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Apple's Obsessive Behaviour Is Killing The Macbook Professional

With the iPhone 11 launch out of the way, Apple’s attention will turn from the iPhone 11 and iPhone 11 Pro phones to the iPad Pro and a new wave of tablets to accompany the newly forked iPadOS. But what of the upcoming MacBook Pro updates and the larger-screened 16-inch laptop?

Looking closely at the attitude of Tim Cook’s Apple to the macOS powered laptops, you’d be forgiven in thinking that the MacBook Pro has already been moved to legacy status. The intense and almost obsessive focus on thin and minimalist design, coupled with restricting choice and denying Mac owners long-term flexibility, has pushed the still-useful and beloved laptop family out of the public’s gaze.

First up is the obsessive drive to make its laptops thinner and lighter. Yes, the resulting devices look lighter and I’m sure that focus groups presented with alternate designs will choose the prettier one, but a laptop is not phone, nor is it a tablet. You need a certain amount of size to enjoy the experience, to have space for powerful chips, to handle the cooling requirements, to allow for new technology, and to guarantee reliability.

By all means use the MacBook Air for the ‘thin’ brigade, but for the workhorse laptop, the MacBook Pro, Apple’s decision to prioritise a thin design – notably the fragile butterfly keyboard – has allowed the competition to catch up with and overtake the MacBook Pro in terms of hardware options and software flexibility.

One obvious lucrative area where macOS has fallen behind is in gaming. MacOS may have a significant share of the market, but where are the gaming options? They’re all using Windows 10, with access to a wide range of graphics cards, super processors, and fast refreshing densely packed 4K screens.

This speaks to another area where Apple’s obsessive nature has hindered the MacBook Pro. The inability to open up the system to graphics cards vendors is a poor choice at best, yet one where you could – if you look hard enough – understand why Apple is restricting the options inside the hardware. But is that any excuse to lock out some of the biggest names when using external graphics card caddies?

Apple has decided on the one true way to use your laptop, and has forced that through. If you want to do something outside of that definition, then the closed nature means you are out of luck.

Take the removal of the SD Card reader. Photographers are a notable demographic in MacBook Pro ownership and regularly tote a ridiculous number of cards around. It was an easy matter to pop these into their primary machine as required. Nope, that’s not the way forward that Apple sees it, so the SD card reader is removed.

And frankly, for a professional machine, the answer of using an external card reader in the USB ports or connecting through the camera is an embarrassment. And that’s before it leads to counting the number of available USB ports.

Finally, there’s Apple’s attitude towards the Mac machines in general, and the flagship MacBook Pro laptops specifically. While Tim Cook and his team are happy to sell them, and happy to remind developers about the machines, when it comes to the consumer events, the MacBook Pro is simply left in the wings.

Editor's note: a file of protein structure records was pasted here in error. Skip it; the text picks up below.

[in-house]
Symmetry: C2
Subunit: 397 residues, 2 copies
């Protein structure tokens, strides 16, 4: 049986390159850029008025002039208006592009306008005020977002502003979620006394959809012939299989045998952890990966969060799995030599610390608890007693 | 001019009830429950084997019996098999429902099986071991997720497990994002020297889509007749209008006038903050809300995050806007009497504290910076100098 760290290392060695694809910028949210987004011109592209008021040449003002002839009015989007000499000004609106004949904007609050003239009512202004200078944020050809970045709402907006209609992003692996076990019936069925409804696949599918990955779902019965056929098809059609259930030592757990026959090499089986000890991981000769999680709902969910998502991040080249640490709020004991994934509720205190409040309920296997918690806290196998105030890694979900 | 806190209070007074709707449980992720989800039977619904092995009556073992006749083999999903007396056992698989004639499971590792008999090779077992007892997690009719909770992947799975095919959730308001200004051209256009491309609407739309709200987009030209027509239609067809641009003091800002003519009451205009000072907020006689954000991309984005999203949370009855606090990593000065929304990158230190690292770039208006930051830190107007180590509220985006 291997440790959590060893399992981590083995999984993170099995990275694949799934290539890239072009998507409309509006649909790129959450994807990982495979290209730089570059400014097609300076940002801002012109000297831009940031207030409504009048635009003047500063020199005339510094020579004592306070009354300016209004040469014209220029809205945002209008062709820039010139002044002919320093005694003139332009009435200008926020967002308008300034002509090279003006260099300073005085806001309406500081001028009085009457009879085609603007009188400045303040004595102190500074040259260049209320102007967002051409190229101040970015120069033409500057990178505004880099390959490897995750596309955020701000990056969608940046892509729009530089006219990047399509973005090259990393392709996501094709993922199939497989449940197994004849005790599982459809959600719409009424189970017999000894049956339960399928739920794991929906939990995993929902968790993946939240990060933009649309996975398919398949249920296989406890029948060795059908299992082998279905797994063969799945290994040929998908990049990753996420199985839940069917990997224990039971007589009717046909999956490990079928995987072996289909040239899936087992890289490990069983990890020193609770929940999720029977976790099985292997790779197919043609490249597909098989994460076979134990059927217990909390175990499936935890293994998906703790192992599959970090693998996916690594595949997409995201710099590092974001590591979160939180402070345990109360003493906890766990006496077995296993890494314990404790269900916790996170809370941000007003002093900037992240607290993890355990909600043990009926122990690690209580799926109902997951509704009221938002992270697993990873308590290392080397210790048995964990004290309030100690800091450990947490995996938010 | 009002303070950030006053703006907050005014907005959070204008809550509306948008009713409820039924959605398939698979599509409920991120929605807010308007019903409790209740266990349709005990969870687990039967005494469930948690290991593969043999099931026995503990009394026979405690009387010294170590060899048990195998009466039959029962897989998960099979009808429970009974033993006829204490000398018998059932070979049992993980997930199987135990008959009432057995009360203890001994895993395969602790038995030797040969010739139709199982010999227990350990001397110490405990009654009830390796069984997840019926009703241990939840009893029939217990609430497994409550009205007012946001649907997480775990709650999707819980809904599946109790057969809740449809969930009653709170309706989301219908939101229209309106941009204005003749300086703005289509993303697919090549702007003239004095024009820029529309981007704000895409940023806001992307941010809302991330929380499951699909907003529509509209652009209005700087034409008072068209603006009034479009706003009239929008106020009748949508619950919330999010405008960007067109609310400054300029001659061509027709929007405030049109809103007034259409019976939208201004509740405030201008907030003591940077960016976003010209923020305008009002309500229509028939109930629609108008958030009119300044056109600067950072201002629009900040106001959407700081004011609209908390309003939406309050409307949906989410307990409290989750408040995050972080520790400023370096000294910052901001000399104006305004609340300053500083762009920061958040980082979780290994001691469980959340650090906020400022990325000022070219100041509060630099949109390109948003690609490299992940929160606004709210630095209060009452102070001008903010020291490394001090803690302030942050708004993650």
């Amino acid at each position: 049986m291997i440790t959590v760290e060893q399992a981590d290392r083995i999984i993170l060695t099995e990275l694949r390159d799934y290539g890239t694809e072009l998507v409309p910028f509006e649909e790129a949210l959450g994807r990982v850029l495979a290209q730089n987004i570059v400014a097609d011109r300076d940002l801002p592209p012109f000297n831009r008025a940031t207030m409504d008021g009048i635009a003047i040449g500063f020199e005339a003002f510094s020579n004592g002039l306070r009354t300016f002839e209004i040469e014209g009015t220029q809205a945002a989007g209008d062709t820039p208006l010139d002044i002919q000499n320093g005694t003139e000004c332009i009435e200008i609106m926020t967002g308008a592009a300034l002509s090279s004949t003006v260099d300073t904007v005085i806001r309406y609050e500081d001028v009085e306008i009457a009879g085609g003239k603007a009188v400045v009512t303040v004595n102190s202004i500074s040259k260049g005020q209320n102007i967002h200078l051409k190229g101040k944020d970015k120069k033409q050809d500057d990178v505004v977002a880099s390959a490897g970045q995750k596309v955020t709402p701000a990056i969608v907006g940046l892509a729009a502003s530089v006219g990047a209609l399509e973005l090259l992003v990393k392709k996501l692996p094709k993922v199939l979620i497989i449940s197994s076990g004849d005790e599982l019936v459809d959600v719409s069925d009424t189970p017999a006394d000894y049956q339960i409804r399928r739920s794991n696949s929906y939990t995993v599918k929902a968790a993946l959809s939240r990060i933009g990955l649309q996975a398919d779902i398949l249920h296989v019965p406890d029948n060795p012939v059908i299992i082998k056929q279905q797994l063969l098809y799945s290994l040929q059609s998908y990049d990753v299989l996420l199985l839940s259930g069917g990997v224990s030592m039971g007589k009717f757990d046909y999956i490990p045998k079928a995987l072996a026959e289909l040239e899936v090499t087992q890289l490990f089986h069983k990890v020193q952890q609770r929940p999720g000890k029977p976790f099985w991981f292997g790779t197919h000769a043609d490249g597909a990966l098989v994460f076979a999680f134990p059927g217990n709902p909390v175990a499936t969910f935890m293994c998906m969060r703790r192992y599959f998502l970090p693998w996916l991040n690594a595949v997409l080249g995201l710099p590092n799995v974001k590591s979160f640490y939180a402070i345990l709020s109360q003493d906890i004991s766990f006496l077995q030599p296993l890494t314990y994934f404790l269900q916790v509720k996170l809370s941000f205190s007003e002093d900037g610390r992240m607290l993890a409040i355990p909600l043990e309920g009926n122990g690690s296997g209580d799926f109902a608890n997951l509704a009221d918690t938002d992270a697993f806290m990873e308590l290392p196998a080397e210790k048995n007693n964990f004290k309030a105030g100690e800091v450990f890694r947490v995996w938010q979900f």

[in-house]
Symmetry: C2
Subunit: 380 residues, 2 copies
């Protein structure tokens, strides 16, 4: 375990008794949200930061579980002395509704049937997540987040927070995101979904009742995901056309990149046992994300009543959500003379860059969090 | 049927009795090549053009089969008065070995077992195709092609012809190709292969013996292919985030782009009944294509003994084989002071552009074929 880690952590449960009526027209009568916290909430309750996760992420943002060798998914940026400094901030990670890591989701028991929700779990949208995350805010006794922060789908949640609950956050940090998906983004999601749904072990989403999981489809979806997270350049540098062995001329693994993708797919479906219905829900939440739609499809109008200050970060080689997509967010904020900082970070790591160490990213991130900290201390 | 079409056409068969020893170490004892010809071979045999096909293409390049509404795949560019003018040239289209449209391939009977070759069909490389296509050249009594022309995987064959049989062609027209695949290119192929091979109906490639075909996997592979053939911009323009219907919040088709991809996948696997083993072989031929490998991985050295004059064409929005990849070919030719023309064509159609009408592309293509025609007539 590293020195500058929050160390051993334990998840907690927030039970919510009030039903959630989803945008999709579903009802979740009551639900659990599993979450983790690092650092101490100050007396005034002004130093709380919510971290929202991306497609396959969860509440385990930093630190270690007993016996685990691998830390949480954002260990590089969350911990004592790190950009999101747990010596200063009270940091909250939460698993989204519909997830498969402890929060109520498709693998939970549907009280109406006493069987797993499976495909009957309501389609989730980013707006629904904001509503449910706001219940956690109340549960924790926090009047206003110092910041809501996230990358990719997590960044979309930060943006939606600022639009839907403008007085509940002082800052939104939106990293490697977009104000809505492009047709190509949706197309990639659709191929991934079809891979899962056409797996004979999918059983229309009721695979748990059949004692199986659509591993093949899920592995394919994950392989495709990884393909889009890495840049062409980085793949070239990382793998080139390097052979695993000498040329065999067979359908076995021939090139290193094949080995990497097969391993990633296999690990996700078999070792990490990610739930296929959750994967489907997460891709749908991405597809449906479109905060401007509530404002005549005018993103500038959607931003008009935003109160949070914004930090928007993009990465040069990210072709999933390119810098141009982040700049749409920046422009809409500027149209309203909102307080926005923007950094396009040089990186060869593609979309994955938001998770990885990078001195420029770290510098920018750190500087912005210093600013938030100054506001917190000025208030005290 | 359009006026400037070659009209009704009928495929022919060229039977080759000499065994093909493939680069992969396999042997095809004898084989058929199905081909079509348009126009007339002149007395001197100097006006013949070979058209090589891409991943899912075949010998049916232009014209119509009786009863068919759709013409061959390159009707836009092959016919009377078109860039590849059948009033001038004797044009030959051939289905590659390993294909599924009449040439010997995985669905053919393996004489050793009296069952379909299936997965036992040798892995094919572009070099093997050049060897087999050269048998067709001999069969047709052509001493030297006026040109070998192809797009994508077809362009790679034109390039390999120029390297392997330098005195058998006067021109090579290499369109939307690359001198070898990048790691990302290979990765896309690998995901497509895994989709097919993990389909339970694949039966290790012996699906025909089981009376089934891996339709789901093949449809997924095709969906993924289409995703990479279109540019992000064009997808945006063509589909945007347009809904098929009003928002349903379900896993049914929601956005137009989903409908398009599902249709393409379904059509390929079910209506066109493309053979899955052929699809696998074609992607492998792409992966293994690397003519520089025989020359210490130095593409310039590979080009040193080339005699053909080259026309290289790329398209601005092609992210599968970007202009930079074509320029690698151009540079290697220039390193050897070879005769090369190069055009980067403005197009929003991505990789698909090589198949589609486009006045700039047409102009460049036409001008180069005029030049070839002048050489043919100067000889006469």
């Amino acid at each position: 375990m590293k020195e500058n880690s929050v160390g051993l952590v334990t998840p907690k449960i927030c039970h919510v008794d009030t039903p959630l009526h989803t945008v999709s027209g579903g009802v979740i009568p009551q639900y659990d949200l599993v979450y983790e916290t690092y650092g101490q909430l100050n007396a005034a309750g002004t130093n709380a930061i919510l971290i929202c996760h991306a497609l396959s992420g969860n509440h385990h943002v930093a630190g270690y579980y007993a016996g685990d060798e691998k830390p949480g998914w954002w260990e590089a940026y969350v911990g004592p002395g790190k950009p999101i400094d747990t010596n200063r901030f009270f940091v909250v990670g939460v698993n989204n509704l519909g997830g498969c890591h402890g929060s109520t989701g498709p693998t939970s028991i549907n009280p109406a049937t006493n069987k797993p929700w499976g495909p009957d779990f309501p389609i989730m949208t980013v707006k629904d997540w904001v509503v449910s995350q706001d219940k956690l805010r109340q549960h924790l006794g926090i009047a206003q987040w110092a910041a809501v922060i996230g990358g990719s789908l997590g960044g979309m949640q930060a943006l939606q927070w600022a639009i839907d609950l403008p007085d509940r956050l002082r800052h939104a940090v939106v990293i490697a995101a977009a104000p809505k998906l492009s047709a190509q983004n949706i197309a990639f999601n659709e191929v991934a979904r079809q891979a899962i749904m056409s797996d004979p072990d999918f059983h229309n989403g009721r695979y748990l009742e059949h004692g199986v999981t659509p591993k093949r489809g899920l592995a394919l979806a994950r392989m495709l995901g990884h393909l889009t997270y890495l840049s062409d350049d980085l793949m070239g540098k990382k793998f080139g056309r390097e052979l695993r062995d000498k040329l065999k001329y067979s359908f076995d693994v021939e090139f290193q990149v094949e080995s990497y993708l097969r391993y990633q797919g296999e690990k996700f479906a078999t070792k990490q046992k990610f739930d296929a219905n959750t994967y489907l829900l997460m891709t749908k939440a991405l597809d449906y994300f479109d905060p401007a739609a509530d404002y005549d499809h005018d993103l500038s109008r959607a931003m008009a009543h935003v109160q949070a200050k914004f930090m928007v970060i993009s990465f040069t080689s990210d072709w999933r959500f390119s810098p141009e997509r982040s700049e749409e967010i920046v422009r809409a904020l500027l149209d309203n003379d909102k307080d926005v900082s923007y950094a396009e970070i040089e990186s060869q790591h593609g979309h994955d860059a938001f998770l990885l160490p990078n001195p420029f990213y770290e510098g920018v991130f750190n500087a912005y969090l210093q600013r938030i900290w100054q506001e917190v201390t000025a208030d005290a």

WWDC saw the launch of the Mac Pro, and a focus on high specs and how it works for the multimedia creative (presumably focusing on the companies that are going to be supplying content for Apple’s subscription TV business). The real line items from WWDC were iOS and the reveal of iPadOS. The Mac was well down the running order and the MacBooks were nowhere to be seen.

Apple’s September event is the key consumer event for the year. It sets the tone for the year to come, it focuses the attention of the public on Apple’s core devices, and that was the iPhone and the Apple Watch. The side order of iPad was a kick in the teeth for those waiting for the 16-inch MacBook Pro.

The obsession of preserving September for just the iPhone and any supporting peripherals weakens the MacBook Pro. And yes, Apple has the option of an event in October where the MacBook Pro can be revealed, but I suspect that even if the 16-inch MacBook Pro is given a public reveal (rather than a humbling ‘launch by press release’) the priority at the october event will be the iPad Pro.

Tim Cook’s Apple is in the middle of a move towards software and services. At some point that means the focus on the iPhone and the iPad as standalone hardware will fade away and they will become little more than conduits for content. It means that there will come a point where Apple does not have to keep up with other platforms and manufacturers that are pushing the limits of technology – there are some would say that Apple is already following this model given the lack of change in the iPhone over the last few years.

What does that future look like? It looks a lot like the present day MacBook Pro. Unloved by management but continuing to perform vital tasks in the ecosystem; unnoticed by consumers who are lured into more profitable machines with software lock-ins and walled gardens that offer Apple’s accountants a thirty percent rake on everything; and unable to respond to competitors who are developing laptops and desk-bound machines for a new generation.

Now read why Apple is not just ignoring, but is afraid of your new MacBook…


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